In One Ear and Out the Other: The Correction of Psychology Misconceptions and Our Mind’s Resistance to It. Samuel Erickson & Karla A. Lassonde, Faculty Mentor Department of Psychology, Minnesota State University, Mankato. Refutational Texts
and Our Mind’s Resistance to It
Samuel Erickson & Karla A. Lassonde, Faculty Mentor
Department of Psychology, Minnesota State University, Mankato
Introduction: Jeremy was finishing up with his biopsychology multiple-choice exam. He had time to spare so he decided to check over all his answers. As he looked at each question he felt confident about most of his answers. However, he was second guessing his answers on a handful of questions. Jeremy considered changing his answers. He remembered being told it is best to stick with your first choice so he didn’t. When he got his exam back he asked the teacher whether it was best to change an answer on a multiple-choice test or best to stick with your initial choice.
Refutation: The teacher said that it is widely accepted among students that changing answers on a multiple-choice test could actually lower your score. She wanted to explain to Jeremy this was actually not true.
Non-refutation: The teacher told Jeremy that he was smart for carefully considering the answers to questions before turning his exam in. She told him she would point out some specific study methods to help.
Correct Outcome: She said if you are unsure of an answer it is best to switch from an initial hunch.
Spillover: She told him he would do better next time.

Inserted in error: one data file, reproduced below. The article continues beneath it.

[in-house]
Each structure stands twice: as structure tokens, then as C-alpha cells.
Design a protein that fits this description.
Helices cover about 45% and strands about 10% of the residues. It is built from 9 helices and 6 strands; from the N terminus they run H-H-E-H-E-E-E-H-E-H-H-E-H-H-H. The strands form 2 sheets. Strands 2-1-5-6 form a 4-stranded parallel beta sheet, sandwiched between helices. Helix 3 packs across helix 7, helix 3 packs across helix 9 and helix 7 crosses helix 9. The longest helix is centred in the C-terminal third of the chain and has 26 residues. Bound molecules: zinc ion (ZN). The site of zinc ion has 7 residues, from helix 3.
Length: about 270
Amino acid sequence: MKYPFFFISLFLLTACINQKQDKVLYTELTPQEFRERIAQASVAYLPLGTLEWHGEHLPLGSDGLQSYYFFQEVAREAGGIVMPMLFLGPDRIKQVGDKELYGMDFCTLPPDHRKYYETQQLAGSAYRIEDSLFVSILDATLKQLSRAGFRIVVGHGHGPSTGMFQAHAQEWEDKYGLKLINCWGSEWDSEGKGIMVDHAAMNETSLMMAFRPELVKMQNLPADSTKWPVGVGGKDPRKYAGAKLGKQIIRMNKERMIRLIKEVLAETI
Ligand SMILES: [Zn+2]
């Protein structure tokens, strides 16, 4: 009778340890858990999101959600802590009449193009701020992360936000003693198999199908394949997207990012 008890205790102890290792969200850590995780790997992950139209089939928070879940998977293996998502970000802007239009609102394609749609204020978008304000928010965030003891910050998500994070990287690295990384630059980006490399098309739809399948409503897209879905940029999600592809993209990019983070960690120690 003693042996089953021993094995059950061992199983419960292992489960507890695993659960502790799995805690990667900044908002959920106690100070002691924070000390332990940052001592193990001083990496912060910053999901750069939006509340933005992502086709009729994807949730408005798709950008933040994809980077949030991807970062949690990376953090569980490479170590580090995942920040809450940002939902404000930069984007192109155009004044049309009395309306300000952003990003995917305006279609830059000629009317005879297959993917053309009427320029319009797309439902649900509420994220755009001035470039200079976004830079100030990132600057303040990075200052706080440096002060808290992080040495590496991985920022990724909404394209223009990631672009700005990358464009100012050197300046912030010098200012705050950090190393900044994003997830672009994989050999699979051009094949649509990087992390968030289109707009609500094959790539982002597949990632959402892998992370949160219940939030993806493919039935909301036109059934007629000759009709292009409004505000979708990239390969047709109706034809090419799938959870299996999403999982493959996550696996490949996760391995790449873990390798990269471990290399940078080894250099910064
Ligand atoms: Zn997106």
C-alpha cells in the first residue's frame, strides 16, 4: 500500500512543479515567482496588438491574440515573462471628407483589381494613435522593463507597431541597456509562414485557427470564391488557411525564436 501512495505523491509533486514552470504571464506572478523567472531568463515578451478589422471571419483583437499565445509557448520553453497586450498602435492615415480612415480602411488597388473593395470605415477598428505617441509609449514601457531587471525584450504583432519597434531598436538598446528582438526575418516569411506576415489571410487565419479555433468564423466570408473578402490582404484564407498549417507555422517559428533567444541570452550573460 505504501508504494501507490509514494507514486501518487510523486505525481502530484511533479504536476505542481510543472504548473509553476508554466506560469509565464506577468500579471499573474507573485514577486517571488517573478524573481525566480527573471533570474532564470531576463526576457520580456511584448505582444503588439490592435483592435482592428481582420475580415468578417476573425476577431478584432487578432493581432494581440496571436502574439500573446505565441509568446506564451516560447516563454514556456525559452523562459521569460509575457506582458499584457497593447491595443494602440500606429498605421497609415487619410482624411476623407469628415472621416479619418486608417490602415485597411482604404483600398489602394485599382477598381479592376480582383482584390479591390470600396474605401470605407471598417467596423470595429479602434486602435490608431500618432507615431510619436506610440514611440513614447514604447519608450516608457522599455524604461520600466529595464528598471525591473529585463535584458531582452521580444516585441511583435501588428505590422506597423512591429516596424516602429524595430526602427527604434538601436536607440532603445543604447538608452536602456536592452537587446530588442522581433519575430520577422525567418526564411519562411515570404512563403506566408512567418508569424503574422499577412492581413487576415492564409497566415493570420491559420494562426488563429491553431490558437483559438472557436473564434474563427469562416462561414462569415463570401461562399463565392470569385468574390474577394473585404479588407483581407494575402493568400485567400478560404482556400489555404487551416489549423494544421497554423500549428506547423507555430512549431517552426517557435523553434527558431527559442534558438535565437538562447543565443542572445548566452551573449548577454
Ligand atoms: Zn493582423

Closing: Jeremy was happy to have met with his teacher after the exam. He told her that he had a lot to learn about testing and was hopeful to continue to make progress.
Comprehension Question: Did Jeremy take an exam?
Refutation text competed with prior knowledge about the misconception in memory and readers had less trouble processing the outcome sentence.
Reading these texts led to temporary knowledge revision.
Compared to the previous average of senior psychology students of 53%, our participants composed of both introductory and senior students averaged 71% correct after reading. The beauty of this method is that it can easily be applied in the classroom, and can complement traditional teaching.
Potential problems that we must address is that this method’s assessment is done by a True/False questionnaire. An issue in using T/F questions is that students are liable to guess on the answer. To correct for this, we will need to further investigate each individual’s data to search for continuity or guessing.
Current research we are doing investigates the effectiveness of including not only refutation in passages but explanation behind the refutation.
Further longitudinal studies are also need to assess the long term effectiveness of this method.
There is a striking prevalence of misconceptions among Psychology students. Experience in psychology courses appears to help revise some misconceptions; however more needs to be done outside of traditional teaching.